by Sue Austreng
Gleefully grateful and eager to express their exuberant joy, children living in the East African villages of Luduga and Mtapa danced and sang “Wells are water! Water is life!”
The celebration flowed from grateful hearts after One Week One Well dug wells in the Tanzanian desert, making fresh water easily accessible to villagers who live there – and enhancing health and improving life all around.
Students in Elk River area schools helped make the well-digging project possible by increasing awareness and raising funds via the One Week One Well initiative. In fact, wells in Luduga and Mtapa were named in honor of Lincoln and Meadowvale elementary school students after those students raised more money than anyone else for the project.
“It’s cool to be able to give money so they can get what they need and don’t have to struggle. All we had to do was give up something – maybe the money you would use to buy a soda at McDonald’s. Just do that for a week and see what a difference you can make in the world,” said Meadowvale student council member Natalie Barringer.
Longtime Elk River school teacher Jill Pouliot facilitated the One Week One Well efforts and earlier this summer she traveled to Tanzania to visit the wells.
“When we told them school kids were the ones who raised the money to dig the wells, the whole crowd cheered and clapped. There were children, headmasters, the mayor – lots of important people – and they all cheered. It was amazing,” Pouliot said.
She even got to taste the water from the well.
“It was a very cool experience when I got to taste the water from the well. It was very emotional. I wept. … They wouldn’t have water without you guys. You did this for them,” she told the Elk River students.
Always eager to help those in need, Pouliot told students the One Week One Well project is life-changing for those living where water is scarce.
In order to increase their understanding of how difficult it can be to get water in water-starved areas, Elk River students filled gallon buckets with water and ran relay races, mimicking the task of hiking two miles to reach the river, filling a bucket with water, then carrying it back to their village.
The students also heard some life stories and learned some history of the East Africa region so that they increased their awareness of the need even while they increased their fund-raising efforts to relieve that need.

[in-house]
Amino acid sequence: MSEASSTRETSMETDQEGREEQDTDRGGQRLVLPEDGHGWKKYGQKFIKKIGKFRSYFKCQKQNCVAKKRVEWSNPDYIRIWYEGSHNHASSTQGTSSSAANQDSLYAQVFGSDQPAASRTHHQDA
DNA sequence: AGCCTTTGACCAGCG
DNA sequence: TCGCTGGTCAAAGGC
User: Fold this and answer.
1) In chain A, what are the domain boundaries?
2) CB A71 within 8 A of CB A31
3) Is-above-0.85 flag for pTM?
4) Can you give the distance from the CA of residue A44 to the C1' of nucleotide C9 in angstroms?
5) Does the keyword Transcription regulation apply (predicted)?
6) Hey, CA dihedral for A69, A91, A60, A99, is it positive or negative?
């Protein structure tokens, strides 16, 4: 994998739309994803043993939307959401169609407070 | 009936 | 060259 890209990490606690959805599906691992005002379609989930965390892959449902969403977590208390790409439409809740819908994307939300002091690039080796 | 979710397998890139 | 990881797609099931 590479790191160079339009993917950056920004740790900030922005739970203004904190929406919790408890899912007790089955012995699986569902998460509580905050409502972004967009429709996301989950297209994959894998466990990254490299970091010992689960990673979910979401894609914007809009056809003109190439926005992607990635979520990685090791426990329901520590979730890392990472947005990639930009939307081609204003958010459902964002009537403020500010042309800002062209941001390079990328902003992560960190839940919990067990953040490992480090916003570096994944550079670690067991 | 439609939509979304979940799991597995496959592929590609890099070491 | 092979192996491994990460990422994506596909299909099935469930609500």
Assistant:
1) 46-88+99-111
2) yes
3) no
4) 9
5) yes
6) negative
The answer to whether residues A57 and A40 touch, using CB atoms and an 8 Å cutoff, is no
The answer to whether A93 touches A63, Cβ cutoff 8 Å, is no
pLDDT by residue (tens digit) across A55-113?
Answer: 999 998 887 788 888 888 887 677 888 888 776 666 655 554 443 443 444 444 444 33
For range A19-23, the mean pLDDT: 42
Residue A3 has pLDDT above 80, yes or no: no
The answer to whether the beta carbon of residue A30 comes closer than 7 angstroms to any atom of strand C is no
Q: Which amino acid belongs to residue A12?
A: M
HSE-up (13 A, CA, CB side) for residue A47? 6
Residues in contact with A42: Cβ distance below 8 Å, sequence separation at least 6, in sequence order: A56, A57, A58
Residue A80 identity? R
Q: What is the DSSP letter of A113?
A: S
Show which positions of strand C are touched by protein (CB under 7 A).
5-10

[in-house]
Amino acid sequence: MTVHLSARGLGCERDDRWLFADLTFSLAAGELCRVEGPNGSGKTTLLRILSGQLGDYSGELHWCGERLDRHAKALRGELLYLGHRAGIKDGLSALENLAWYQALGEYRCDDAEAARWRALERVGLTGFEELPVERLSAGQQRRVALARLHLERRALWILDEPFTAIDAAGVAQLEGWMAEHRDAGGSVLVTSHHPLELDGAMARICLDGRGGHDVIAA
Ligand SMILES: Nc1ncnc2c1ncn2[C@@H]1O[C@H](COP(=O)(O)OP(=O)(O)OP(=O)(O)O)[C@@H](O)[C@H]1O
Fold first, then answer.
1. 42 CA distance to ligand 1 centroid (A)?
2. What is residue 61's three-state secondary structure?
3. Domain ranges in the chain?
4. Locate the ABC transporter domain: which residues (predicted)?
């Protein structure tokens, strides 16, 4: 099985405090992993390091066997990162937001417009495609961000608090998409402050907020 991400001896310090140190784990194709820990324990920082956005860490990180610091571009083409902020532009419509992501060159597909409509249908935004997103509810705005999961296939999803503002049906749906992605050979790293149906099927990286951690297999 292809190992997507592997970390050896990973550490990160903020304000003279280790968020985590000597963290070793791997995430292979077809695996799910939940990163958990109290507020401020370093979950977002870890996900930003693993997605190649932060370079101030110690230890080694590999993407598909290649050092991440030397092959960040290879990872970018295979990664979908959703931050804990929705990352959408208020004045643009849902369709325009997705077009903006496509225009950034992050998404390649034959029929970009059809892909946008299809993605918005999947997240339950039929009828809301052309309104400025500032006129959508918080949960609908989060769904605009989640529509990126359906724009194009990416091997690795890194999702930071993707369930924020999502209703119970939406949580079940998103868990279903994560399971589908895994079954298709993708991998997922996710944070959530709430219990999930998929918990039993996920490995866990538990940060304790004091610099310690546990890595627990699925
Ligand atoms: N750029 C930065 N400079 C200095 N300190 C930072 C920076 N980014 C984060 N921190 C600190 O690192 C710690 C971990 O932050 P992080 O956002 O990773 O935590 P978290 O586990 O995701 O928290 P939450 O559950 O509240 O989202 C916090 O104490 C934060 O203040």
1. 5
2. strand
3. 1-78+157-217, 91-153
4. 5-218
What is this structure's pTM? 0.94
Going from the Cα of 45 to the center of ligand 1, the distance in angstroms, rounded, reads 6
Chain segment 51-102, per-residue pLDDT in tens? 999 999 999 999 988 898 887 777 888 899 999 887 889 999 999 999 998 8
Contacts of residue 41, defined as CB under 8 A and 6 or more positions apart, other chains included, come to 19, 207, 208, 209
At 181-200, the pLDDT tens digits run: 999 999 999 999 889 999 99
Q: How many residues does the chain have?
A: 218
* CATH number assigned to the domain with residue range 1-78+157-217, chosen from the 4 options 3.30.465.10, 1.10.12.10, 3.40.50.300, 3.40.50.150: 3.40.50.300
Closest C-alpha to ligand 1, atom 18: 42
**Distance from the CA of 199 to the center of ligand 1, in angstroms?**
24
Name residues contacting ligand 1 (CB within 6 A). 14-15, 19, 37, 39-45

“You ask ‘How is life changed because of these wells?’ Well, now kids don’t have to walk all the way down to the river – and that might be a mile, two miles each way. And they don’t have to search for water if the river is dry. They just pump water from the well in the village and that means now they have time. Now they can go to school, they can study, they can do laundry, they can have a garden, they can play. Life is so much fuller,” Pouliot said.
Well water also makes it possible for villagers to make bricks by mixing water and clay. And making bricks makes it possible to build houses, medical clinics and more.
“I was excited to do this so they can get clean water and don’t have to be sick all the time,” said Meadowvale grade 5 student Liam Marsh.
His schoolmate said she was happy to help, too.
“We can’t change the world, but we can change one village. We might never meet these people but still, we got to make a difference,” Natalie said, smiling at the thought of the difference students made with One Week One Well.
Pouliot started One Week One Well in Elk River schools four years ago and extends a welcome to others who may want to help make life-changing differences in areas where water is scarce.
“A lot of times we are globally aware but have no chance to do anything. With One Week One Well, these young people are already changing the world. They are making a difference,” Pouliot said.
She then offered a challenge, “If everyone took the money they use for beverages — coffee, water, soda – and gave that money we could solve this,” she said.
To learn more about One Week One Well, find One Week One Well on Facebook.